B.3 User Interaction
A number of functions and classes are useful to mediate communicating information to the user. In addition to consolidating functionality like printing progress bars, hiding user communication behind a small API like the one here also permits easy modification of the communication mechanisms. For example, if pbrt were embedded in an application that had a graphical user interface, errors might be reported via a dialog box or a routine provided by the parent application. If printf() calls were strewn throughout the system, it would be more difficult to make the two systems work together well.
B.3.1 Working with Files
A few utility routines make it easy to read and write files from disk. ReadFileContents() returns the contents of a file as a string and ReadDecompressedFileContents() does the same for files that are compressed using the gzip algorithm, decompressing them before returning their contents. WriteFileContents() writes the contents of a string to a file. Note that the use of std::string does not impose the requirement that the file contents be text: binary data, including null characters, can be stored in a std::string.
A number of parts of pbrt need to read text files that store floating-point values. Examples include the code that reads measured spectral distributions. The ReadFloatFile() function is available for such uses; it parses text files of white space-separated numbers, returning the values found in a vector. The parsing code ignores all text after a hash mark (#) to the end of its line to allow comments.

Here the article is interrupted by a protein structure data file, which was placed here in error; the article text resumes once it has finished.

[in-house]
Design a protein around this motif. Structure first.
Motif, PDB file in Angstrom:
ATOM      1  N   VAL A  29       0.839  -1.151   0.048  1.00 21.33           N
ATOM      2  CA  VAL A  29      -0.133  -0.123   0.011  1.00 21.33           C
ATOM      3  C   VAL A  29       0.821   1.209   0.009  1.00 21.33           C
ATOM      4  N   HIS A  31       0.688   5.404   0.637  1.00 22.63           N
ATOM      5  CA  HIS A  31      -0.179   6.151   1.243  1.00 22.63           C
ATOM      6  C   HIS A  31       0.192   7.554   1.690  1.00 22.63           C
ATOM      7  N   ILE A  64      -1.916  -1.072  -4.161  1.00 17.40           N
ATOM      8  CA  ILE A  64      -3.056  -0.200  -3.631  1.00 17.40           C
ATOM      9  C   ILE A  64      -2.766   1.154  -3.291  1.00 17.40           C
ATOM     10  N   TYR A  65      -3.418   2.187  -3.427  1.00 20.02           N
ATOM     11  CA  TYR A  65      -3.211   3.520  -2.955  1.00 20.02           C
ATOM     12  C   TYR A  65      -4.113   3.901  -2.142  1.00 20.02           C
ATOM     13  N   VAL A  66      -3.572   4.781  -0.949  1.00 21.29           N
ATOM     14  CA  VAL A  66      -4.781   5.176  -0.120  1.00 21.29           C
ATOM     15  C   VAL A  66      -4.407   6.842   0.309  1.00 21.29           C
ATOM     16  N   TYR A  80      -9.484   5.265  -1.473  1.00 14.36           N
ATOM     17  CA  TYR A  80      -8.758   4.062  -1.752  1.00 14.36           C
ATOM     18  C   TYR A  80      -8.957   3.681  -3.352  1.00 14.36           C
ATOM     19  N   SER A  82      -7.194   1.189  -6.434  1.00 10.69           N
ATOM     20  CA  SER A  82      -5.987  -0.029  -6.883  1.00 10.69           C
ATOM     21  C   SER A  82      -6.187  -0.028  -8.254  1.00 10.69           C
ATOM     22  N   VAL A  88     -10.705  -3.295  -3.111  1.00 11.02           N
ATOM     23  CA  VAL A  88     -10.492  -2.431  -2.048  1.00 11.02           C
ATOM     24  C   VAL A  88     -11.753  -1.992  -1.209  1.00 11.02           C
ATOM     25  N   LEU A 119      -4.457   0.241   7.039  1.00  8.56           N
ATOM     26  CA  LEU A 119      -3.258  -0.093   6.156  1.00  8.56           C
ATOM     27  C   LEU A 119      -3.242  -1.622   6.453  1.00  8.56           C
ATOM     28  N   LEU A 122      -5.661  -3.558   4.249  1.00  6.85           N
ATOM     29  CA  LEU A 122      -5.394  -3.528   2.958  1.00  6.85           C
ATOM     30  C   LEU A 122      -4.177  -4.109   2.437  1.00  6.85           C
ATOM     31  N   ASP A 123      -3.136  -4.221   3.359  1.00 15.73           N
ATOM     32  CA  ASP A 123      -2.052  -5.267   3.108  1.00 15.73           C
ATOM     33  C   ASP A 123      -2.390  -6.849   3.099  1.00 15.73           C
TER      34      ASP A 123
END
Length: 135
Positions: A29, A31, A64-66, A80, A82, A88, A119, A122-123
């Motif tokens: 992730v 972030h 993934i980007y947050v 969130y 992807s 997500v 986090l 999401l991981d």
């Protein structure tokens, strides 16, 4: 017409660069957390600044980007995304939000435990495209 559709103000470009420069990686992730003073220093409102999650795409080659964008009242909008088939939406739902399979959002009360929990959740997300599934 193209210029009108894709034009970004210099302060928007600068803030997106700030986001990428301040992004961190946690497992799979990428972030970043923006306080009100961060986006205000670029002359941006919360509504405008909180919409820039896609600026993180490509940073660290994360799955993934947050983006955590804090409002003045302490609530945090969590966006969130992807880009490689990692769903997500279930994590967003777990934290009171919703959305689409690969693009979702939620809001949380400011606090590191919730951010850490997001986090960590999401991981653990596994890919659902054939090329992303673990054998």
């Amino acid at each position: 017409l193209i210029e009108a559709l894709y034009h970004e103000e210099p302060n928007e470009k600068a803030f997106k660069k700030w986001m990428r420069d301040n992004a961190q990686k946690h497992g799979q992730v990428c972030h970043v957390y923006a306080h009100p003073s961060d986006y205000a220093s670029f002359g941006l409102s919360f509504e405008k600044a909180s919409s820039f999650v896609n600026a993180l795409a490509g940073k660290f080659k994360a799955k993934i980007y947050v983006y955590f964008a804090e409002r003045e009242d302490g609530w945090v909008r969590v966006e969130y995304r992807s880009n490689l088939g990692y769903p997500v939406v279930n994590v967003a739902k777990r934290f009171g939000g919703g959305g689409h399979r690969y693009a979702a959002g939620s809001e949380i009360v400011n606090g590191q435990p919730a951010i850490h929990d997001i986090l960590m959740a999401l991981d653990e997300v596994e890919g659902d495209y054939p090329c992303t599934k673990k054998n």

B.3.2 Character Encoding and Unicode
As a rendering system, pbrt is relatively unconcerned with text processing. Yet the scene description is provided as text and the user can configure the system by specifying text command-line arguments, including those that specify scene description files to be parsed and the filename for the final rendered image. Previous versions of pbrt have implicitly assumed that all text is encoded in ASCII, where each character is represented using a single byte. There are 95 printable ASCII characters. In hexadecimal, their values range from , a blank space, to , a tilde.
Adopting ASCII implied that the only letters that can be used in this text are the Latin letters from A to Z. No accented letters were allowed, nor was text written in Chinese, Japanese, or the Devanagari script used for Hindi. (Emoji were also not possible, though we are unsure whether being able to directly render an image named 🚒.exr is a feature worth devoting attention to.)